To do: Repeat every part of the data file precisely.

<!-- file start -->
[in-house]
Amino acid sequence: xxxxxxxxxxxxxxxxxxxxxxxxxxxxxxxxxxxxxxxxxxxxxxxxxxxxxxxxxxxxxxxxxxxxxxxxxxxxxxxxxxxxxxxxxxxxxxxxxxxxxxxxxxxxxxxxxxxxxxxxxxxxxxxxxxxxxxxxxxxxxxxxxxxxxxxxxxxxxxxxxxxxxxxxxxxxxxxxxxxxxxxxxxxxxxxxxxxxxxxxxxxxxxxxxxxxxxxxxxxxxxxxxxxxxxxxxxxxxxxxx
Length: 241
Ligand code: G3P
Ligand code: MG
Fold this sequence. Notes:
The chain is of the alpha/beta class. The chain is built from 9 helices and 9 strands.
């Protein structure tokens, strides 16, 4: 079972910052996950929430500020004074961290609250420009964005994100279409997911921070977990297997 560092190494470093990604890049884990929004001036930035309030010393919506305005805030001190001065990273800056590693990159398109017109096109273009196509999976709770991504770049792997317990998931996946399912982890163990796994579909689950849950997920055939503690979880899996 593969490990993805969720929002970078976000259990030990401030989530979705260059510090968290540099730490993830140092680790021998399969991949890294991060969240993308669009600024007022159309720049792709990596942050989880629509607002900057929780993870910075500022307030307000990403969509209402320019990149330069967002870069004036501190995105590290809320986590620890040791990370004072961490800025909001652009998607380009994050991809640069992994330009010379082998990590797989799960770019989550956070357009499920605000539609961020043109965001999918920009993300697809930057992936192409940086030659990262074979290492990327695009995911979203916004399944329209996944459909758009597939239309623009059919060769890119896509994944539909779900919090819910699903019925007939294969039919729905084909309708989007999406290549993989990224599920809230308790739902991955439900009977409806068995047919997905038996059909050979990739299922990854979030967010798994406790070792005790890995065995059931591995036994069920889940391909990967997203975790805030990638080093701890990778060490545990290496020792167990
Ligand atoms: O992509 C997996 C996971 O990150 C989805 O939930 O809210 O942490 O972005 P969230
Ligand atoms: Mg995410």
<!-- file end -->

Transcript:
[in-house]
Amino acid sequence: xxxxxxxxxxxxxxxxxxxxxxxxxxxxxxxxxxxxxxxxxxxxxxxxxxxxxxxxxxxxxxxxxxxxxxxxxxxxxxxxxxxxxxxxxxxxxxxxxxxxxxxxxxxxxxxxxxxxxxxxxxxxxxxxxxxxxxxxxxxxxxxxxxxxxxxxxxxxxxxxxxxxxxxxxxxxxxxxxxxxxxxxxxxxxxxxxxxxxxxxxxxxxxxxxxxxxxxxxxxxxxxxxxxxxxxxxxxxxxxxx
Length: 241
Ligand code: G3P
Ligand code: MG
Fold this sequence. Notes:
The chain is of the alpha/beta class. The chain is built from 9 helices and 9 strands.
């Protein structure tokens, strides 16, 4: 079972910052996950929430500020004074961290609250420009964005994100279409997911921070977990297997 560092190494470093990604890049884990929004001036930035309030010393919506305005805030001190001065990273800056590693990159398109017109096109273009196509999976709770991504770049792997317990998931996946399912982890163990796994579909689950849950997920055939503690979880899996 593969490990993805969720929002970078976000259990030990401030989530979705260059510090968290540099730490993830140092680790021998399969991949890294991060969240993308669009600024007022159309720049792709990596942050989880629509607002900057929780993870910075500022307030307000990403969509209402320019990149330069967002870069004036501190995105590290809320986590620890040791990370004072961490800025909001652009998607380009994050991809640069992994330009010379082998990590797989799960770019989550956070357009499920605000539609961020043109965001999918920009993300697809930057992936192409940086030659990262074979290492990327695009995911979203916004399944329209996944459909758009597939239309623009059919060769890119896509994944539909779900919090819910699903019925007939294969039919729905084909309708989007999406290549993989990224599920809230308790739902991955439900009977409806068995047919997905038996059909050979990739299922990854979030967010798994406790070792005790890995065995059931591995036994069920889940391909990967997203975790805030990638080093701890990778060490545990290496020792167990
Ligand atoms: O992509 C997996 C996971 O990150 C989805 O939930 O809210 O942490 O972005 P969230
Ligand atoms: Mg995410």